Changing to agile practices requires more focused and strong inter-communication amongst interdisciplinary teams. Regular interaction of testing team, design team and development team at regular interval working together as an integral team is quite pre-requisite for delivering quality product.

Scalability

Though agile methodologies were developed for small organizations to grow and adapt but for larger organization where there 500 and more developers. The real challenge is how to build the interrelationship among the smaller teams while still maintaining the cohesive approach in the flexible agile environment.

Disadvantages

– In case of some software deliverables, especially the large ones, it is difficult to assess the effort required at the beginning of the software development life cycle.
– Documentation tends to get sidetracked, which makes it harder for new members to get up to speed
– When developers run out of work, they can’t work on a different project because they’ll be needed soon
– Agile can lose sight of what it is trying to achieve. You can become locked into the process of improvement for improvement’s sake, sometimes something is just fine and does not need to be tweaked or improved.
– Agile Methodologies require that the client company use Agile terminology such as “scrum,” “sprints” and “points,” etc. This is often confusing and not perceived as necessary.

DevOps and Agile Quite Similar

The continuous development goals of Agile development extend into the continuous integration and release with DevOps. Agile brings a product from users to development, while DevOps brings a product from development to operations, or release. With help from Agile, DevOps is able to produce faster delivery and expedited results.

Some Extra Points –

– Devops is an evolution of Agile
– Devops is the missing link between agile development and operations
– Devops is a subset of Agile
– Agile is a subset of Devops
– What time are we having lunch?

They Are Different Too!

Agile is a software development methodology, which means that after software is created and released, the development team engage in another project. DevOps, on the contrary aims to take a ready-made software, and deploy it in a safe and reliable manner. At the same time, DevOps does not depend on software developed using the Agile technique. Therefore, when using DevOps it is quite possible to apply the waterfall development model.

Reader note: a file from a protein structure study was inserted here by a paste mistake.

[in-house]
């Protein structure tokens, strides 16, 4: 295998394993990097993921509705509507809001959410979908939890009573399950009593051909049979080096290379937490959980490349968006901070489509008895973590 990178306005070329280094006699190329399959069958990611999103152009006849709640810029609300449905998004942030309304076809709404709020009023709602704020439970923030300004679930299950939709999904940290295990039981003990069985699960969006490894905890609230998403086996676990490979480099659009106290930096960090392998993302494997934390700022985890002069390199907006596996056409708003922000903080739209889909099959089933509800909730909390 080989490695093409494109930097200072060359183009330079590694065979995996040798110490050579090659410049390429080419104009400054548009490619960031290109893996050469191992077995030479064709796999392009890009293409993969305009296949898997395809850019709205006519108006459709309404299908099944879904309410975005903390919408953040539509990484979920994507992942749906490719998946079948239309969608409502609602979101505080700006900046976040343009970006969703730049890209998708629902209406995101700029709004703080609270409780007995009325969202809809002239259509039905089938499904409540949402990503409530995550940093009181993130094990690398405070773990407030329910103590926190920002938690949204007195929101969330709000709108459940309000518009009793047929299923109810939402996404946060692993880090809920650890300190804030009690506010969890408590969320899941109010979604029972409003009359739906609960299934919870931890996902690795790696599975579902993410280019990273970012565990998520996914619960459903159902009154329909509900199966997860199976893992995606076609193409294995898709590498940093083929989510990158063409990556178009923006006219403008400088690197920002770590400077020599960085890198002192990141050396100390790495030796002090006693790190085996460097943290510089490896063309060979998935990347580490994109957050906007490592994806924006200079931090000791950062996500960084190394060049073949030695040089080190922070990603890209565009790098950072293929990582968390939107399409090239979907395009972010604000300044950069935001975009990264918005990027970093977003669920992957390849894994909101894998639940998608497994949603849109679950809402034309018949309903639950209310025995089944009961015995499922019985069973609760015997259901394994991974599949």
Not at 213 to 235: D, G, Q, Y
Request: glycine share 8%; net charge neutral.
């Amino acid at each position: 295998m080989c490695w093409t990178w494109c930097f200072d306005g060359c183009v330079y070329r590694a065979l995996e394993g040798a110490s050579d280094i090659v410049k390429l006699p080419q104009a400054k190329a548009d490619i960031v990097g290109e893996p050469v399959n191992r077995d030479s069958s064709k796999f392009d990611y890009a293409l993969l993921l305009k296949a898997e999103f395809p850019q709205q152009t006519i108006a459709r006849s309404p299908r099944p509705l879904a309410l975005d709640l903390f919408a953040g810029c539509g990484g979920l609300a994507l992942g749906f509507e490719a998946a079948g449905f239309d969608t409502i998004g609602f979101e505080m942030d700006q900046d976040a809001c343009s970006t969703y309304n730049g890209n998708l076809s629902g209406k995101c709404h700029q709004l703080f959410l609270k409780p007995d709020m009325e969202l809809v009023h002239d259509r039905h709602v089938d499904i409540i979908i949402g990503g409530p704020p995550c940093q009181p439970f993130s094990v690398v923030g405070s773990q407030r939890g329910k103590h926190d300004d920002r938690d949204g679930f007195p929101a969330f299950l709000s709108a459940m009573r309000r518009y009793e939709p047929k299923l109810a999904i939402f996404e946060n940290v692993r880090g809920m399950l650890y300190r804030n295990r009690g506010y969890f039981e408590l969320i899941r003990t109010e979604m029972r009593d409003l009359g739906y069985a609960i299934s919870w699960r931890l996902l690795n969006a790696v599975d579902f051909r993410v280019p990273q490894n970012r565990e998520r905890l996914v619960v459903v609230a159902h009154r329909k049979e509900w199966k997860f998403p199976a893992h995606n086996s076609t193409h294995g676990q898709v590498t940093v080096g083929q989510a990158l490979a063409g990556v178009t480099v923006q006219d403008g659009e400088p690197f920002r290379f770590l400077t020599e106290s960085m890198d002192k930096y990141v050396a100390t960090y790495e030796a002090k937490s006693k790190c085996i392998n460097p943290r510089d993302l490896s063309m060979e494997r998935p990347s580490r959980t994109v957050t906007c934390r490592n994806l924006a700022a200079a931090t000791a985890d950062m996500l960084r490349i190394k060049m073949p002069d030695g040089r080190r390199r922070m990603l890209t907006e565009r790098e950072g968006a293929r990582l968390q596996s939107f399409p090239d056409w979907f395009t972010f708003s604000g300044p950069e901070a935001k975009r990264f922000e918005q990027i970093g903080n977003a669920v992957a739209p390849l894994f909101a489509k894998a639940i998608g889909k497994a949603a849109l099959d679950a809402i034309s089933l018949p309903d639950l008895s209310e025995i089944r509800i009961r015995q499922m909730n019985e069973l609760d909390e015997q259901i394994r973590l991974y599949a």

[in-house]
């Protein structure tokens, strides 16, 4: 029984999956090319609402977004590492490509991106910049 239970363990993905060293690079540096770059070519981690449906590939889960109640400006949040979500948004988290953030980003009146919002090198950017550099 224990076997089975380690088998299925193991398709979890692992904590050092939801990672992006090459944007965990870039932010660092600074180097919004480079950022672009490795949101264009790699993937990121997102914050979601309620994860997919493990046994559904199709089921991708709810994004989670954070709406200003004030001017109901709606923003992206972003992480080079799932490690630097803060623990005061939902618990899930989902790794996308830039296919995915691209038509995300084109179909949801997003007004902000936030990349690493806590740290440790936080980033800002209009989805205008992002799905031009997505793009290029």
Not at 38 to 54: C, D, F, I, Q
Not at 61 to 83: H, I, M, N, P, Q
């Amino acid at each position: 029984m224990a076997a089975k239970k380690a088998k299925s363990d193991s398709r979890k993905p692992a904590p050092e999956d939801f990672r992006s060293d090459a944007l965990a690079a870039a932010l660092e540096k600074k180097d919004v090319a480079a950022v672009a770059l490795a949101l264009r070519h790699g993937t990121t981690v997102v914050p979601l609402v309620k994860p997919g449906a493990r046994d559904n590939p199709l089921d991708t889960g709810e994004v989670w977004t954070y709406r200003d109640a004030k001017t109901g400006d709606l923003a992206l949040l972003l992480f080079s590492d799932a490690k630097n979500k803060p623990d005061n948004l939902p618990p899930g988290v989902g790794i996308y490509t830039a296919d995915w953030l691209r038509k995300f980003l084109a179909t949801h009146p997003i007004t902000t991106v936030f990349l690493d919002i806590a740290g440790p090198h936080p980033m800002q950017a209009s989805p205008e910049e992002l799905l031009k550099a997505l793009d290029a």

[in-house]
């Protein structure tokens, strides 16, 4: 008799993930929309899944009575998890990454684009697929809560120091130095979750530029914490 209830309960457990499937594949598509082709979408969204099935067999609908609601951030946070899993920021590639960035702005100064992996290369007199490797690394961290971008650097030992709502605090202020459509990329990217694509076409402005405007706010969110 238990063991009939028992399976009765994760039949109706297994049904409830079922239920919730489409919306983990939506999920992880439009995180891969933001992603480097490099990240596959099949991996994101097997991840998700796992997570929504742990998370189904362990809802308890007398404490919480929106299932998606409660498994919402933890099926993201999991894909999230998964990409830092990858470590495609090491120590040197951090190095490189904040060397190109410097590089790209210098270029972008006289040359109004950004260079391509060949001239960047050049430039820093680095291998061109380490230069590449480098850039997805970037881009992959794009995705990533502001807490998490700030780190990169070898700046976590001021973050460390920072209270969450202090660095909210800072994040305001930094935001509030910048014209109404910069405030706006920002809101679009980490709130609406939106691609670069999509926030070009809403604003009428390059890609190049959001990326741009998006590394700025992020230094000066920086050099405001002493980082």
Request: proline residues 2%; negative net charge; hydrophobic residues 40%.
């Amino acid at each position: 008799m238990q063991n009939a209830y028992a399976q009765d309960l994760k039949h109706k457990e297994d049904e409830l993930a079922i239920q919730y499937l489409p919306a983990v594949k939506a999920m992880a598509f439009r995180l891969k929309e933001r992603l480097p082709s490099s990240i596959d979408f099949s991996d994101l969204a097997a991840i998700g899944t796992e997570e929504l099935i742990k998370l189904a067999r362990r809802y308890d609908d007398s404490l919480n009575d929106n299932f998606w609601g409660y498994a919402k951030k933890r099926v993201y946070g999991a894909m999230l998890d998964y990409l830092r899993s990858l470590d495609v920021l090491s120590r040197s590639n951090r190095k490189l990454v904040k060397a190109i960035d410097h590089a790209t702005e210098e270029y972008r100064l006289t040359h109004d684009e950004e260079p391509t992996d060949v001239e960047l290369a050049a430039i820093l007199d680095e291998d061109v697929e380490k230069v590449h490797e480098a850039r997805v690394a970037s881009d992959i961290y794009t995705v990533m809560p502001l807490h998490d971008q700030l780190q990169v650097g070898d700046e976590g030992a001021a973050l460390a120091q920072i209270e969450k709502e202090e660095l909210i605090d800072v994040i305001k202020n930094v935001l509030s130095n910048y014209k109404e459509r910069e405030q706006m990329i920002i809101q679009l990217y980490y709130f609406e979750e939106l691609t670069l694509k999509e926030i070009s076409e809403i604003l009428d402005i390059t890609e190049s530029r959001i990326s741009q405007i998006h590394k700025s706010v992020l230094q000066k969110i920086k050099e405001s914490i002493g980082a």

With the Agile method, teams tend to be broken down into smaller teams of just a few people. This allows singular facets of a project to get completed quickly before they are combined. DevOps, on the other hand, bring teams together, forming larger groups that work to achieve the same goals. Within that team there may be groupings, but everyone works together.

Agile teams don’t codify their meeting minutes or other communications – often preferring lo-fi methods of simple pen and paper. DevOps, on the other hand, requires design documents and specs in order to fully understand a software release.

Agile teams don’t codify their meeting minutes or other communications – often preferring lo-fi methods of simple pen and paper. DevOps, on the other hand, requires design documents and specs in order to fully understand a software release.

This is the heart of DevOps, as their overall goal is to minimize disruptions and maximize efficiency, especially when deploying software. Agile doesn’t require automation.